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Finishing Tasks And Recovery

04 May 2017 Written by 

Finish Lines are everywhere and each has its own set of obstacles and its own magic waiting for the one who dares to cross it.  We have all cheered as loved ones graduated or for anyone who has completed a lengthy goal. There is a real sense of relief when we cross that finish line after a long race. And yet many of us don’t finish much. Why?  And how does all this help our recovery?

Unfinished Business

How many projects have I begun where I just didn’t finish? A skirt left un-hemmed, a piece of baseboard still needing to be painted, a drawer full of old coupons? While finishing a project offers fuel for the victor the opposite is also true when we fail to finish. All those pesky unfinished projects drain us. They remain in our minds and slowly, little by little take up space in our thoughts. Add to this the guilt and embarrassment that it only took 30 minutes and 3 years to hang a curtain, we sometimes prefer to leave them undone forever.

Take An Inventory

I want to invite you to stop and take an inventory of all the unfinished projects taking up space in your brain. It is often said the longest journey begins with a single step; as we begin to learn the benefits of crossing the finish line, let us begin small. Pick the absolutely easiest project you have left undone that nags you 24/7. For me it is cleaning out my filing cabinet. There are papers in there for things I no longer even own, including a house, car, and vacuum cleaner. Why do I just keep ignoring it? It is the feeling of dread that comes over me, but in reality there is only one drawer with about 35 papers to look through. Taking an inventory can help me see the reality of the situation. If addiction does nothing else it distorts reality.

Facing the Challenge

While there are great rewards for crossing any finish line there is also a real struggle to crossing any finish line. As the old saying goes, “Count the cost” before taking on any unfinished project. There will guaranteed, be something blocking your way, even if it is only your own thoughts. In my case it is the dread of looking at all those papers.  I need to make the finish line my focus and not let any fearful thoughts or obstacles stop me. Name the obstacles that are blocking you from completing your task: money, others' opinions, or fear of failing again. Other obstacles may appear you hadn’t planned on, but your chances of success are much greater if you start out with a battle plan. I tell myself "If it was easy, everyone would be doing it."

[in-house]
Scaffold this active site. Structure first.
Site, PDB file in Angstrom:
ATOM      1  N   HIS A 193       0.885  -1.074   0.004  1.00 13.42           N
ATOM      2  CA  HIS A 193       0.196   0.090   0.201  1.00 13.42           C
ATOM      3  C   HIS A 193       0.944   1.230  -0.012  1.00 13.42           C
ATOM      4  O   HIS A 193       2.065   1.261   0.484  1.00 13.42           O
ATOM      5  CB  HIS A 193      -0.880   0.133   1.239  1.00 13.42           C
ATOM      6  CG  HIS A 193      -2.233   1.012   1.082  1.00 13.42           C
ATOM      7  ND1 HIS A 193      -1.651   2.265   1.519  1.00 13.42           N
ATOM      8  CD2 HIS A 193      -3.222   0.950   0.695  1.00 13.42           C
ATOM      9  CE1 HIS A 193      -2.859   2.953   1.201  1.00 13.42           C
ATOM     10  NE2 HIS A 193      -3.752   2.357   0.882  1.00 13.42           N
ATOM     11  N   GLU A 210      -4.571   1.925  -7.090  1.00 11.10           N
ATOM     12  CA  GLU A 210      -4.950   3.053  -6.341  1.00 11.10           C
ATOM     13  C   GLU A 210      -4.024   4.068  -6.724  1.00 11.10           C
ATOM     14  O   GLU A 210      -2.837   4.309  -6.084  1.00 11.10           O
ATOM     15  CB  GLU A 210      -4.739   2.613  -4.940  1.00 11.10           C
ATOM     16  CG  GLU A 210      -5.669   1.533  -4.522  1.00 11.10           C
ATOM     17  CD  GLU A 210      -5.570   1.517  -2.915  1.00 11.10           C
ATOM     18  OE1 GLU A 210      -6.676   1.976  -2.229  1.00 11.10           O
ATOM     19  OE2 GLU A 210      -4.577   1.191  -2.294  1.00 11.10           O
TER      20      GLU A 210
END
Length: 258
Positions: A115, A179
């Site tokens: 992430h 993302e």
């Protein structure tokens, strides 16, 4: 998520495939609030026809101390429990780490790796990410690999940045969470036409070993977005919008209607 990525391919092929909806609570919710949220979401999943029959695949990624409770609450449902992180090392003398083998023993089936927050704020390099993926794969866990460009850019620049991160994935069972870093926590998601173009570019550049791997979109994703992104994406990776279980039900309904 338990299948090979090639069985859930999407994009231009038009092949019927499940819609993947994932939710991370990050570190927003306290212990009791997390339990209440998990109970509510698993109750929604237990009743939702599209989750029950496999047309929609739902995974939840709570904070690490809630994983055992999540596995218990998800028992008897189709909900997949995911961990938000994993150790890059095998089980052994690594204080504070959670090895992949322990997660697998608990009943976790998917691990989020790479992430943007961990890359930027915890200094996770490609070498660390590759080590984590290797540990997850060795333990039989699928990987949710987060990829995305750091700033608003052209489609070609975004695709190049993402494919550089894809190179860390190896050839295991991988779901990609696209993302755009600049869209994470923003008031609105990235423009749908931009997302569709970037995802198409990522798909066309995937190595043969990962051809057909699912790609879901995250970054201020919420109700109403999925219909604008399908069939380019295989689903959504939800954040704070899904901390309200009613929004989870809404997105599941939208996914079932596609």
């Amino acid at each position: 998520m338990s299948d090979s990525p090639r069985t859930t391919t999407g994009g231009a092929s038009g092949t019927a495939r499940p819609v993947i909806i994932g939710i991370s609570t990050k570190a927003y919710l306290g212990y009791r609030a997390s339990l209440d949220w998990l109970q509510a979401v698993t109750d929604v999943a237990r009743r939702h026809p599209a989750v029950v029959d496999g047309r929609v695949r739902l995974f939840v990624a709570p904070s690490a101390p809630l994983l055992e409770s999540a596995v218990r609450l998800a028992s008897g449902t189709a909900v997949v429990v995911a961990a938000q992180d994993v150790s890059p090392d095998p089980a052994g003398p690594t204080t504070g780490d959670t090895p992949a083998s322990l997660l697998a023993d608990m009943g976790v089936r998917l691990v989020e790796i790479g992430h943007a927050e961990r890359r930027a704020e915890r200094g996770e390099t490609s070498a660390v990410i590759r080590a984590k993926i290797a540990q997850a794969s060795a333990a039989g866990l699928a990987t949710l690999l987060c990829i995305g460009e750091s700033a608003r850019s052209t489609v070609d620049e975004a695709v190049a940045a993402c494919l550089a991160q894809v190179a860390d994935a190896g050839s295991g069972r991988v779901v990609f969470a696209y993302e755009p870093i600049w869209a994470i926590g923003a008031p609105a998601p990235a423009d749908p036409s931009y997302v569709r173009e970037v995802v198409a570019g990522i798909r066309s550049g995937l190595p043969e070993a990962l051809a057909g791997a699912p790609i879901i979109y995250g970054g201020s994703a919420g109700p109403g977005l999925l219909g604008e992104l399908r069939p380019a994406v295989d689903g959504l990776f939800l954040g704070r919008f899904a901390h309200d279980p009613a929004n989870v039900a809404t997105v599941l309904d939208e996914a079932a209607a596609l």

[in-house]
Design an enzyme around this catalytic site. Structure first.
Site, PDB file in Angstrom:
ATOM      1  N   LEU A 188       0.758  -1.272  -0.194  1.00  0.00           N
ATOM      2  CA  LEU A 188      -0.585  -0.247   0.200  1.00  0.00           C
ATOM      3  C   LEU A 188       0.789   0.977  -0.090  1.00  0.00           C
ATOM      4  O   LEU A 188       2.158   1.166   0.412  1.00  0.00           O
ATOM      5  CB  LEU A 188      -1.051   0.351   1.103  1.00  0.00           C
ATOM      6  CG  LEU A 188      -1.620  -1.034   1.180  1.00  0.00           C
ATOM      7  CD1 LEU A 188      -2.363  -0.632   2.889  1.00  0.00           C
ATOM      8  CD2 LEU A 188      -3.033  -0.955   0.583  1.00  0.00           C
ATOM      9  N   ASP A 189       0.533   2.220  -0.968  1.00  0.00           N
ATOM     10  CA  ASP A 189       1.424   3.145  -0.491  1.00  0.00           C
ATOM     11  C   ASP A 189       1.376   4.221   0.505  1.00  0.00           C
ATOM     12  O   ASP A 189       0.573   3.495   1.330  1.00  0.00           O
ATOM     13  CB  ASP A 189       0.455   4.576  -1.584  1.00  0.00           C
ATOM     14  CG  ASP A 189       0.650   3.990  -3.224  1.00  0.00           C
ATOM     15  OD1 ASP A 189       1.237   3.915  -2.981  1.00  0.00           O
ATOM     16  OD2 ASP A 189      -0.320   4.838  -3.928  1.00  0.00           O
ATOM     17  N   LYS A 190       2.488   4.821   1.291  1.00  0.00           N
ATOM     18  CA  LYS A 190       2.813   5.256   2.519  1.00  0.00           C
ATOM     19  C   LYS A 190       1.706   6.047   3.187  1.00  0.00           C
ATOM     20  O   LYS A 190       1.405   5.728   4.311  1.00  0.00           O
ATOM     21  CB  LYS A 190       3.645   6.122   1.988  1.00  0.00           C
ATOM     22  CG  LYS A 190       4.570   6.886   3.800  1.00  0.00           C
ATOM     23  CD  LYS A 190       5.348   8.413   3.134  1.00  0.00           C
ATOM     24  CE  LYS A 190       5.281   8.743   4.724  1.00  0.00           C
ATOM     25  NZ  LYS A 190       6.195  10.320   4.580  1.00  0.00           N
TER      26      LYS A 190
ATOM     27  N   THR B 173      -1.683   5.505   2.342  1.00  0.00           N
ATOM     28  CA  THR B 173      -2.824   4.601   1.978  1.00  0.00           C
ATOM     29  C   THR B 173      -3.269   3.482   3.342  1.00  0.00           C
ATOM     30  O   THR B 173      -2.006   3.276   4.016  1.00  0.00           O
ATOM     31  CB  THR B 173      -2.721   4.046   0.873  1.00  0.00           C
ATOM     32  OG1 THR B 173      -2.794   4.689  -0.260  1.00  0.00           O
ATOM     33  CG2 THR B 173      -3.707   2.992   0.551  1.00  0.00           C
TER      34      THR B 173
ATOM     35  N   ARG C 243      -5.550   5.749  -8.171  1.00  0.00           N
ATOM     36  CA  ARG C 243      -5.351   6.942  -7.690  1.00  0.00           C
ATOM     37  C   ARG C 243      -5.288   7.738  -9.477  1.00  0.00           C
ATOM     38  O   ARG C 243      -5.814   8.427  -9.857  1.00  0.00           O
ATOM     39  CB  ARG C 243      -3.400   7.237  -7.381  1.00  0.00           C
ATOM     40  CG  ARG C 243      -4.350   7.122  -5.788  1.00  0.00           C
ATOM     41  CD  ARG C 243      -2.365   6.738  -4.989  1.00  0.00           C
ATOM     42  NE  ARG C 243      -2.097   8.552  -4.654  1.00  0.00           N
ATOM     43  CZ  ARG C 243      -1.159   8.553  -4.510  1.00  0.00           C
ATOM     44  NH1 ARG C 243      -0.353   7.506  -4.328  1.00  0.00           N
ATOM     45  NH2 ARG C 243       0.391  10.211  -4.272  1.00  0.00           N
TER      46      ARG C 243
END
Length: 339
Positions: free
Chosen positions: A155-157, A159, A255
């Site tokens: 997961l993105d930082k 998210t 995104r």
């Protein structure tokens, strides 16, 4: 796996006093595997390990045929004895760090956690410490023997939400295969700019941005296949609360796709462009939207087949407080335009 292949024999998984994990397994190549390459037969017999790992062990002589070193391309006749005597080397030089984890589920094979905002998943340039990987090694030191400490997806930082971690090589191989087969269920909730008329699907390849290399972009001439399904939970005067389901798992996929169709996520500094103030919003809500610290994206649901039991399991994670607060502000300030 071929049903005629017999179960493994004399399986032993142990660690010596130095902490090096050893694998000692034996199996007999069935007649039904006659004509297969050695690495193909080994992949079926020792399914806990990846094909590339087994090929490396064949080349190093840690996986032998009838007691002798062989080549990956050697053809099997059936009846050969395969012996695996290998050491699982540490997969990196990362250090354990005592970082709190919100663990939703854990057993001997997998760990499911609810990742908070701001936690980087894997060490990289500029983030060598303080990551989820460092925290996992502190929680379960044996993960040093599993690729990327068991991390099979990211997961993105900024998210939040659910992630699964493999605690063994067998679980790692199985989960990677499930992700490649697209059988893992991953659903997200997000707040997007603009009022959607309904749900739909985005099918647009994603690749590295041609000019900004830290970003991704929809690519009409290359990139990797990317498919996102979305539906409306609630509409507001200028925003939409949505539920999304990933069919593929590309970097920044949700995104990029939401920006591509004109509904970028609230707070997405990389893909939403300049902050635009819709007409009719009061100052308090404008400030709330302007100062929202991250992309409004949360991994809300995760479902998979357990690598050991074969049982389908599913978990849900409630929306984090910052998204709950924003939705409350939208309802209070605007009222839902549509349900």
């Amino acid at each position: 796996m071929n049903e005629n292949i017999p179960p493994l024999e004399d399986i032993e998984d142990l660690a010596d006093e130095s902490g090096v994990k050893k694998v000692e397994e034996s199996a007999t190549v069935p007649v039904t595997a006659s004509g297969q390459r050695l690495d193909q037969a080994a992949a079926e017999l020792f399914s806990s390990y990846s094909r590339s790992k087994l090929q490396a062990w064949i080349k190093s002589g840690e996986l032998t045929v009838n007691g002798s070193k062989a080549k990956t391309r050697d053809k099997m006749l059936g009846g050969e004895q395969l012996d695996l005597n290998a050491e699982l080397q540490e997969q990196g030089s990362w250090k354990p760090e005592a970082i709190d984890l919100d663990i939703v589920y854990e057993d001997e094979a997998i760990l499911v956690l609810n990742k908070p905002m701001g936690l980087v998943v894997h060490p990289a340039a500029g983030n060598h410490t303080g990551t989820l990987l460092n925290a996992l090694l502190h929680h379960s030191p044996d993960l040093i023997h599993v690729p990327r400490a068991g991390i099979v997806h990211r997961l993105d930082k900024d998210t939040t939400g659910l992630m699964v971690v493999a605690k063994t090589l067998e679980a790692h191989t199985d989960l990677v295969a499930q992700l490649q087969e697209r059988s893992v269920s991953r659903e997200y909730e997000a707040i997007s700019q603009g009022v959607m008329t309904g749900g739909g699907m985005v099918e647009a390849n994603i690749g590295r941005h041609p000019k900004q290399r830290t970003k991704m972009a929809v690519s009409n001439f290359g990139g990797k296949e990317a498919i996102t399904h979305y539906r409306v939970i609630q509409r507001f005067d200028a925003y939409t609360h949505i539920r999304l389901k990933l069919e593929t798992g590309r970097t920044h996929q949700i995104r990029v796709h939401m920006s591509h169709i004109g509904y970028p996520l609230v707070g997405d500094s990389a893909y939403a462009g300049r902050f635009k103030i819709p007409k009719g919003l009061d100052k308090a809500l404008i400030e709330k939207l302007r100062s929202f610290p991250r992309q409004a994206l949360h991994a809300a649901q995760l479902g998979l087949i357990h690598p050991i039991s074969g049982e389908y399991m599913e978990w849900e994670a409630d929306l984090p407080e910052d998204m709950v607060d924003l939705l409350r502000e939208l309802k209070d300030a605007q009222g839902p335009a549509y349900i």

While my struggle sounds silly and logically it is, that is the tricky part about finish lines. They reside in a spiritual place where the mind and logic does not reign supreme. For me if I was being honest is the fear of sitting still and facing my reality is the real obstacle. Once I can name the actual problem it seems to give me freedom. For some people it is a fear of dying once they complete a task that keeps them from trying. What is holding you back? Finding the real issue changes everything.

Why Completing Tasks Is Important To Recovery

I encourage all of us to take a leap of faith and start crossing those waiting finish lines. Not only the ones we have today, but all that will appear in the future. I want to be a person who finishes something everyday not only so others will know they can count on me, but also so I won’t be bogged down with endless unfinished projects cluttering up my life. In recovery many times people can feel out of touch with reality. Not only will others begin to respect your courage to recovery from the disease of addiction they will seek you out as one of the rare humans who complete what they start. This is a simple way to keep our lives in balance, not let our life become cluttered with incomplete tasks, and regain the trust of our loved ones.

 On your mark…get set… GO!

Reach Out Recovery Exclusive by Nadine Knapp

 

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Read 2412 times Last modified on Monday, 26 June 2017 00:53
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Nadine Knapp

I was born into a large Catholic Family of 14 children in Upstate New York. I graduated with my degree in Professional and Technical Writing from University of South Florida. My recovery story began when I witnessed addiction in close  relatives and friends. Unable to change them I began to focus on what I could change, me. Building a support system for myself I now strive daily to keep the focus on me. In my articles I sometimes share stories from my own experience, strength, and hope. It is my hope that others will find courage to see "the elephant in the room" and seek out help for themselves against this cunning,baffling,and powerful disease.
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